A former college professor was indicted by a federal grand jury Thursday for allegedly starting four wildfires in Northern California earlier this year that threatened to trap firefighters as they battled a massive fire nearby, federal prosecutors said.
Gary Stephen Maynard, 47, took part in an arson spree near where the massive Dixie Fire burned in the Shasta Trinity National Forest and the Lassen National Forest, prosecutors said .
According to court documents, Maynard’s alleged arson spree included blazes he started in July and August behind crews fighting the Dixie Fire, which became the second biggest wildfire in California history, scorching more than 1,500 square miles and destroying more than 1,000 structures.
Federal prosecutors say Maynard, a resident of San Jose, set four blazes: the Cascade and Everitt fires, on July 20 and 21, and the Ranch and Conard Fires on Aug. 7.
U.S. Forest Service agents started investigating Maynard on July 20 after the Cascade Fire was reported on the western slopes of Mount Shasta.
Just prior to his arrest, Maynard had been living out of his car and traveling alone across a large section of Northern California, CBS Sacramento reported. An investigator found Maynard underneath his black Kia Soul that had its front wheels stuck in a ditch and its undercarriage centered on a boulder, court papers said.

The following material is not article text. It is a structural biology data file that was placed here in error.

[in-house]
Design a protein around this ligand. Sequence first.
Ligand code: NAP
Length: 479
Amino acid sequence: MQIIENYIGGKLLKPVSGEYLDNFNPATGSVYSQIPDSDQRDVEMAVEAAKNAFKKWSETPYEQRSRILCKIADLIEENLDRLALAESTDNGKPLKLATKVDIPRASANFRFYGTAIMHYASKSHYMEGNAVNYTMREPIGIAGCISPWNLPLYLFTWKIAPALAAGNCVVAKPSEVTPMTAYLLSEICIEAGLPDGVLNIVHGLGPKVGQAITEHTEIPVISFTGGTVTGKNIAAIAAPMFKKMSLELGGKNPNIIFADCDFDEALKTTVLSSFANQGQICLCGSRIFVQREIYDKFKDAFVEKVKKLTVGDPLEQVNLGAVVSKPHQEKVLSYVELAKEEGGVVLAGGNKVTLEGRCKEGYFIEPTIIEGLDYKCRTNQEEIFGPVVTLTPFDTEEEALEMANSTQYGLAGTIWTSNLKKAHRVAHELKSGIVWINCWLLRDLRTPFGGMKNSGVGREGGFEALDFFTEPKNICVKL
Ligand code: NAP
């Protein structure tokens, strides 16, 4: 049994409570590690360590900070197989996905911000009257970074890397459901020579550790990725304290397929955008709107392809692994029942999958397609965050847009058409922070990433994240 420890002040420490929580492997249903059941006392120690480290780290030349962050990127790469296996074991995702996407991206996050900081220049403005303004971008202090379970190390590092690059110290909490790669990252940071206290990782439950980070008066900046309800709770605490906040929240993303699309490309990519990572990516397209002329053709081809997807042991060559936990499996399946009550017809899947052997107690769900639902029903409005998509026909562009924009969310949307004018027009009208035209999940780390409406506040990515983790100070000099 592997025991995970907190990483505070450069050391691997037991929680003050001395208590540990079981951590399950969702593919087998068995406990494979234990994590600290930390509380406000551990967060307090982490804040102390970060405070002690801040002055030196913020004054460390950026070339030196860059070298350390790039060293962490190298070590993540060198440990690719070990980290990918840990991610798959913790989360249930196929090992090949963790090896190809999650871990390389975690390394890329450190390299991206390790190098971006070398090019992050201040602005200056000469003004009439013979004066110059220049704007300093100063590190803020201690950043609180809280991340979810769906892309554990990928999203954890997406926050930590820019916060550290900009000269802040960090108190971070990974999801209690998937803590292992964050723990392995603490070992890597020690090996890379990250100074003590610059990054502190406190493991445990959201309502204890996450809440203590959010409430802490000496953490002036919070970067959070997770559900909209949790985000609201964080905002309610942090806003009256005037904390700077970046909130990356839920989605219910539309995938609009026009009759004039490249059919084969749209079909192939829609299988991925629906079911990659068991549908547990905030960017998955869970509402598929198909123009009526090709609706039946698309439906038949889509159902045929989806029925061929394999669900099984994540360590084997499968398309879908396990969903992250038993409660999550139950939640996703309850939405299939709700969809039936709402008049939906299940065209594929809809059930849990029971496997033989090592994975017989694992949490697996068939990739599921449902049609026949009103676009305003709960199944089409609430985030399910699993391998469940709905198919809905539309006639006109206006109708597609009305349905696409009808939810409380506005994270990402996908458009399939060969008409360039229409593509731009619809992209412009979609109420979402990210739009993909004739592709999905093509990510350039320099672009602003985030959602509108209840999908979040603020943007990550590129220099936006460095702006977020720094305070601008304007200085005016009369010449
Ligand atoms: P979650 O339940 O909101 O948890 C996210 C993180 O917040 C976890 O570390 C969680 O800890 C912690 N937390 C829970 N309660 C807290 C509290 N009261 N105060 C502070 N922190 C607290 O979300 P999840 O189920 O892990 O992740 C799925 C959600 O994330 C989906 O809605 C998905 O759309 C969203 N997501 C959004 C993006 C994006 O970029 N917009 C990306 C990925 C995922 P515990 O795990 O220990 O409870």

A second fire erupted the next day on Mount Shasta, and investigators later found tire tracks similar to those made by the Kia.
They eventually placed a tracking device under Maynard’s car after he was stopped briefly by police on Aug. 3. Tracking his movements for hundreds of miles, investigators said Maynard traveled to the area where the Ranch and Conard Fires erupted in the Lassen National Forest.
Maynard has denied setting the fires, court papers say. It wasn’t immediately known whether he has an attorney who can speak on his behalf.
Investigators say at one point, Maynard worked at Santa Clara University. Sonoma State confirms he also taught at their university during the Fall of 2020 as a part-time lecturer in the Department of Criminology and Criminal Justice.
Assistant U.S. Attorney Michael Anderson wrote in an August detention memo that Maynard had entered the evacuation zone and began setting fires behind the first responders fighting the Dixie Fire.
In addition to the danger of enlarging the Dixie Fire and threatening more lives and property, “this increased the danger to the first responders, Anderson said.